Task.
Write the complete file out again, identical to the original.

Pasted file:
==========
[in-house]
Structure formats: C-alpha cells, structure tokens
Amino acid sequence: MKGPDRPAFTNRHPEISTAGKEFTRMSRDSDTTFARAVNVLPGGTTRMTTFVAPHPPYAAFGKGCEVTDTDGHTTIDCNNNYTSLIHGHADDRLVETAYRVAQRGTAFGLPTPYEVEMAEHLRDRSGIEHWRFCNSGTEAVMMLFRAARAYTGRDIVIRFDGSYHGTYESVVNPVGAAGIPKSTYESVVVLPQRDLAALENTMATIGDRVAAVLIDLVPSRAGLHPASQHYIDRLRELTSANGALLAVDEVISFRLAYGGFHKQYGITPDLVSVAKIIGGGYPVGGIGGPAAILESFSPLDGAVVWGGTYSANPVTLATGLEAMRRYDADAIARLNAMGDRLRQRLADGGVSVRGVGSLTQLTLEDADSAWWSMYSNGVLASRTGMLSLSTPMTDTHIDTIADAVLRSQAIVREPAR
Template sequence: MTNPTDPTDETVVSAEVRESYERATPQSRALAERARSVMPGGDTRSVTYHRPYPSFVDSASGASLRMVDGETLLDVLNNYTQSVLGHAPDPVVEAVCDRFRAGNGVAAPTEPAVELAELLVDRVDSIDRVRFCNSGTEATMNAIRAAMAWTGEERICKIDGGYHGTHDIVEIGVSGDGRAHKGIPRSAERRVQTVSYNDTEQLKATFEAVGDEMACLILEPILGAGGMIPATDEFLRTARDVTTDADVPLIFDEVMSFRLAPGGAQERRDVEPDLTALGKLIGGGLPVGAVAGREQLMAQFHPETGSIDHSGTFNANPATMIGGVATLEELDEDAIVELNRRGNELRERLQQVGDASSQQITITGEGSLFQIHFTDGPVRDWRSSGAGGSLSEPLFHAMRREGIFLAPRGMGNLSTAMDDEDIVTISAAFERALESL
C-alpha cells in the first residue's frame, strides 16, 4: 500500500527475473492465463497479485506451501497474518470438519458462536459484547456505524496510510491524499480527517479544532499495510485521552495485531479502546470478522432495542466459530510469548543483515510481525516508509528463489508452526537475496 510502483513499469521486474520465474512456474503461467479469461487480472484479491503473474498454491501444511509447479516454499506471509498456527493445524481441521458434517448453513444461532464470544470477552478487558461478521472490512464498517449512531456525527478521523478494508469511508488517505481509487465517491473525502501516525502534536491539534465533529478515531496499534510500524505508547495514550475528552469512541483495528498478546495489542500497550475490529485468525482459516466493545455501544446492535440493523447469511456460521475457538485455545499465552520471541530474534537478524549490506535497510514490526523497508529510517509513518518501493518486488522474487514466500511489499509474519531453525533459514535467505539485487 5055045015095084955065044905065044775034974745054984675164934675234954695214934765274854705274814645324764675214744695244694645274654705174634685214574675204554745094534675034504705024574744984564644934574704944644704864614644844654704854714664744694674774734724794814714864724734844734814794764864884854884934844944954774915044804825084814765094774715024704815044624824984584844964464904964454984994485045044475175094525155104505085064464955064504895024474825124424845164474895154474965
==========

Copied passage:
[in-house]
Structure formats: C-alpha cells, structure tokens
Amino acid sequence: MKGPDRPAFTNRHPEISTAGKEFTRMSRDSDTTFARAVNVLPGGTTRMTTFVAPHPPYAAFGKGCEVTDTDGHTTIDCNNNYTSLIHGHADDRLVETAYRVAQRGTAFGLPTPYEVEMAEHLRDRSGIEHWRFCNSGTEAVMMLFRAARAYTGRDIVIRFDGSYHGTYESVVNPVGAAGIPKSTYESVVVLPQRDLAALENTMATIGDRVAAVLIDLVPSRAGLHPASQHYIDRLRELTSANGALLAVDEVISFRLAYGGFHKQYGITPDLVSVAKIIGGGYPVGGIGGPAAILESFSPLDGAVVWGGTYSANPVTLATGLEAMRRYDADAIARLNAMGDRLRQRLADGGVSVRGVGSLTQLTLEDADSAWWSMYSNGVLASRTGMLSLSTPMTDTHIDTIADAVLRSQAIVREPAR
Template sequence: MTNPTDPTDETVVSAEVRESYERATPQSRALAERARSVMPGGDTRSVTYHRPYPSFVDSASGASLRMVDGETLLDVLNNYTQSVLGHAPDPVVEAVCDRFRAGNGVAAPTEPAVELAELLVDRVDSIDRVRFCNSGTEATMNAIRAAMAWTGEERICKIDGGYHGTHDIVEIGVSGDGRAHKGIPRSAERRVQTVSYNDTEQLKATFEAVGDEMACLILEPILGAGGMIPATDEFLRTARDVTTDADVPLIFDEVMSFRLAPGGAQERRDVEPDLTALGKLIGGGLPVGAVAGREQLMAQFHPETGSIDHSGTFNANPATMIGGVATLEELDEDAIVELNRRGNELRERLQQVGDASSQQITITGEGSLFQIHFTDGPVRDWRSSGAGGSLSEPLFHAMRREGIFLAPRGMGNLSTAMDDEDIVTISAAFERALESL
C-alpha cells in the first residue's frame, strides 16, 4: 500500500527475473492465463497479485506451501497474518470438519458462536459484547456505524496510510491524499480527517479544532499495510485521552495485531479502546470478522432495542466459530510469548543483515510481525516508509528463489508452526537475496 510502483513499469521486474520465474512456474503461467479469461487480472484479491503473474498454491501444511509447479516454499506471509498456527493445524481441521458434517448453513444461532464470544470477552478487558461478521472490512464498517449512531456525527478521523478494508469511508488517505481509487465517491473525502501516525502534536491539534465533529478515531496499534510500524505508547495514550475528552469512541483495528498478546495489542500497550475490529485468525482459516466493545455501544446492535440493523447469511456460521475457538485455545499465552520471541530474534537478524549490506535497510514490526523497508529510517509513518518501493518486488522474487514466500511489499509474519531453525533459514535467505539485487 5055045015095084955065044905065044775034974745054984675164934675234954695214934765274854705274814645324764675214744695244694645274654705174634685214574675204554745094534675034504705024574744984564644934574704944644704864614644844654704854714664744694674774734724794814714864724734844734814794764864884854884934844944954774915044804825084814765094774715024704815044624824984584844964464904964454984994485045044475175094525155104505085064464955064504895024474825124424845164474895154474965